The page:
The book Uncounted examines the phenomenon of disenfranchisement through the lens of history, race, law, and the democratic process. Author Gilda R. Daniels, who served as a deputy chief in the Justice Department’s Civil Rights Division and has more than two decades of voting rights experience, argues that voter suppression works in cycles, constantly adapting and finding new ways to hinder access for an exponentially growing minority population. She warns that a premeditated strategy of restrictive laws and deceptive practices has taken root and is eroding the very basis of American democracy ― the right to vote.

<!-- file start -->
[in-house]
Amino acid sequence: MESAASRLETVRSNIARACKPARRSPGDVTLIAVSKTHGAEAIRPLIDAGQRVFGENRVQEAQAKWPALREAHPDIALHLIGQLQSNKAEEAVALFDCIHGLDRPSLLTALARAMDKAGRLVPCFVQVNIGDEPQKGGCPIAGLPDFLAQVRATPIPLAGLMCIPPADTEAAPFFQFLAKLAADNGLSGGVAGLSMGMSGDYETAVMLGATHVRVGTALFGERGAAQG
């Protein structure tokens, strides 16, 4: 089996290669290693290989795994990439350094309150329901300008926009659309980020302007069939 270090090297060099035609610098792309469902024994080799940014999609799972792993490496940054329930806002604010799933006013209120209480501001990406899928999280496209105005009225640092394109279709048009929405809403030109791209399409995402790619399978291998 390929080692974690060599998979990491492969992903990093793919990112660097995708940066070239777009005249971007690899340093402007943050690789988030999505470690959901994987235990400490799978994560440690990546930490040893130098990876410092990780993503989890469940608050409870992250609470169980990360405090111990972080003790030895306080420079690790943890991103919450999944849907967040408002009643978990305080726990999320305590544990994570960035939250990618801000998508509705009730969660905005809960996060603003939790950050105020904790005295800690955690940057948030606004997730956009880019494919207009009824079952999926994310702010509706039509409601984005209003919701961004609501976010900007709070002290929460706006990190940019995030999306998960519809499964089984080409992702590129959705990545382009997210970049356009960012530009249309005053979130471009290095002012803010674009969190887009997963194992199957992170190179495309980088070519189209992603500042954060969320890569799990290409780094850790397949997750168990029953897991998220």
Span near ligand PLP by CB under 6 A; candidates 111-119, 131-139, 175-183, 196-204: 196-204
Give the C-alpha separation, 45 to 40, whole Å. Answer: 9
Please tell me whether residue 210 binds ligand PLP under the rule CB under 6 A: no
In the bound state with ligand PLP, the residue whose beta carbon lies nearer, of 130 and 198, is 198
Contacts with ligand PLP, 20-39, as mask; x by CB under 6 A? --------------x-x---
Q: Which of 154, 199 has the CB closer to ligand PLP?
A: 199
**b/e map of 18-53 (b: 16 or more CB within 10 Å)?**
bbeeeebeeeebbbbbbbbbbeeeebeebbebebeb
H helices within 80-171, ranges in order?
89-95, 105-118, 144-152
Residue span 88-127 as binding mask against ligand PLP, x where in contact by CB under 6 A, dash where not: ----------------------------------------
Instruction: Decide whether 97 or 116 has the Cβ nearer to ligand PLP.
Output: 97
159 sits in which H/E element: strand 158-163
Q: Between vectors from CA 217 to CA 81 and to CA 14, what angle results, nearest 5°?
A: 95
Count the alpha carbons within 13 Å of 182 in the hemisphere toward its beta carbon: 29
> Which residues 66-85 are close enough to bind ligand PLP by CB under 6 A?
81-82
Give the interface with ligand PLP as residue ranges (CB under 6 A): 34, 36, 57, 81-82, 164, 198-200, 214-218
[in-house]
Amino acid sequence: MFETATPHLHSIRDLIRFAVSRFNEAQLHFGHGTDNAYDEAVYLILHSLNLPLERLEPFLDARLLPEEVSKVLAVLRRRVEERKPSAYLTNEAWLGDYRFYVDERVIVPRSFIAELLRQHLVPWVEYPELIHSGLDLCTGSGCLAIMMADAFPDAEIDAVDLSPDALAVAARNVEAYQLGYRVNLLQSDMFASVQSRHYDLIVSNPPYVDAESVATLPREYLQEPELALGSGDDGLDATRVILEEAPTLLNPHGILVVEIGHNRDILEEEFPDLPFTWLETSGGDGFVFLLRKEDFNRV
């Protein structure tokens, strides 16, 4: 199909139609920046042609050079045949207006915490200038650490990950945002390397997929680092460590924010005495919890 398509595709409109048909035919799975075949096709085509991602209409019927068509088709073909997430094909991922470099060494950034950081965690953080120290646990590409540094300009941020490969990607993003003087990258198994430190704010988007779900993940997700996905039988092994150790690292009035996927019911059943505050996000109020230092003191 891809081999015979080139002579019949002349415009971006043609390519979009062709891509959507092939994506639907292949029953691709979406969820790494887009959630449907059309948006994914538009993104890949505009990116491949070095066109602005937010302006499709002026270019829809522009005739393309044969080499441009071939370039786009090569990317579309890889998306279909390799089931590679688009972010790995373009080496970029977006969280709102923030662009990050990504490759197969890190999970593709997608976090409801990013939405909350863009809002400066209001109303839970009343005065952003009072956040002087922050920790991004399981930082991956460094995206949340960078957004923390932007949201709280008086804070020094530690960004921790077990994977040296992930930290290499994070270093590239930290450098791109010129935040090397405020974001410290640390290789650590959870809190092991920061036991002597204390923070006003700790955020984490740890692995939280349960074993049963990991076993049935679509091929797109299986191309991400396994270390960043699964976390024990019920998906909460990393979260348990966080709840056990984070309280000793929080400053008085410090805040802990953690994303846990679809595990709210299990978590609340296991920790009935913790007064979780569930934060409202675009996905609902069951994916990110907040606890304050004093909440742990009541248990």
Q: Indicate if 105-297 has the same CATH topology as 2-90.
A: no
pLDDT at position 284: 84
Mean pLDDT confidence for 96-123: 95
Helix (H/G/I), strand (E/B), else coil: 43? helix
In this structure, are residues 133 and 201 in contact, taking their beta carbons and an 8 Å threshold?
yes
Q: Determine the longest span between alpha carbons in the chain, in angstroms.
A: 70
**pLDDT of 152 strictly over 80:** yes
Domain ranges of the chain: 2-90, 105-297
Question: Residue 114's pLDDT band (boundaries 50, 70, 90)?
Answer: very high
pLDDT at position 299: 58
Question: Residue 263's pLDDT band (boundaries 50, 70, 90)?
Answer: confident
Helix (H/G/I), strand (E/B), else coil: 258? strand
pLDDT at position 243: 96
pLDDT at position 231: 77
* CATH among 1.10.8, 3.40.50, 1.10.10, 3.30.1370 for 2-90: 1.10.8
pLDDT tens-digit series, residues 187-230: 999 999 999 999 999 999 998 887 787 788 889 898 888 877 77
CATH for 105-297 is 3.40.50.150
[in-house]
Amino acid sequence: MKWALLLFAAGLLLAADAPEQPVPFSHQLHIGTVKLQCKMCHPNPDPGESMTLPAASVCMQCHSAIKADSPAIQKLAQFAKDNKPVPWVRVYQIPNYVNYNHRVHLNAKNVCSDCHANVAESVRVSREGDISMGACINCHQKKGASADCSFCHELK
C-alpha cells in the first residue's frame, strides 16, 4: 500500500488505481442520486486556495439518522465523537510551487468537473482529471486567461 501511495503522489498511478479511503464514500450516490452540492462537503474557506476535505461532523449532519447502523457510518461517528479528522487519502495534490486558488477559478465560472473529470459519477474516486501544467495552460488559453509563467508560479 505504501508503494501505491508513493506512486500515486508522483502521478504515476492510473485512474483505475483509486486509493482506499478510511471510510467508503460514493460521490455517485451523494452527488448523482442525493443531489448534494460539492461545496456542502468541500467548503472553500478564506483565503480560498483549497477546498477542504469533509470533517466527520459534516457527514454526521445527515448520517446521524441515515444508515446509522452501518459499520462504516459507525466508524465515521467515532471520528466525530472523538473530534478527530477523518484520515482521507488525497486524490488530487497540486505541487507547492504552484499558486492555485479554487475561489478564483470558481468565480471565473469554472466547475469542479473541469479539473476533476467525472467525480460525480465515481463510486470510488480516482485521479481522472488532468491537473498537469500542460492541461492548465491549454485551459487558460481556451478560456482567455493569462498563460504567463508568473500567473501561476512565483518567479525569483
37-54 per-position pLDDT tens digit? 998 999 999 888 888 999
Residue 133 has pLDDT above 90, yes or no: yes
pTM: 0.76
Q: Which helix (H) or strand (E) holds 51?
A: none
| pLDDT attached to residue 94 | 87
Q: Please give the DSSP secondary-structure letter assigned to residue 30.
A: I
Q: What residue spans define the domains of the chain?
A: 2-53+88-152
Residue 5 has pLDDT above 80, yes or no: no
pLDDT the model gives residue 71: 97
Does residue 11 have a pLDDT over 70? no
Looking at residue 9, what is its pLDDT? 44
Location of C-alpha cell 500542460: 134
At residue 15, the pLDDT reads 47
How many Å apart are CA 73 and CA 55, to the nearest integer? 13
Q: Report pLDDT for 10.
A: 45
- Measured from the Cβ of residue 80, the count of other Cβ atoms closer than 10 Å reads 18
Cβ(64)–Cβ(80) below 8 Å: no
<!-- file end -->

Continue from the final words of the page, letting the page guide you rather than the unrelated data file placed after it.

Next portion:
Join Daniels and Wendy Weiser, vice president of the Brennan Center’s Democracy Program, to discuss the book and the voter suppression crisis.
Produced in partnership with New York University’s John Brademas Center
- Gilda R. Daniels, Professor of Law, University of Baltimore School of Law; Author, Uncounted: The Crisis of Voter Suppression in America
- Wendy Weiser, Vice President, Brennan Center Democracy Program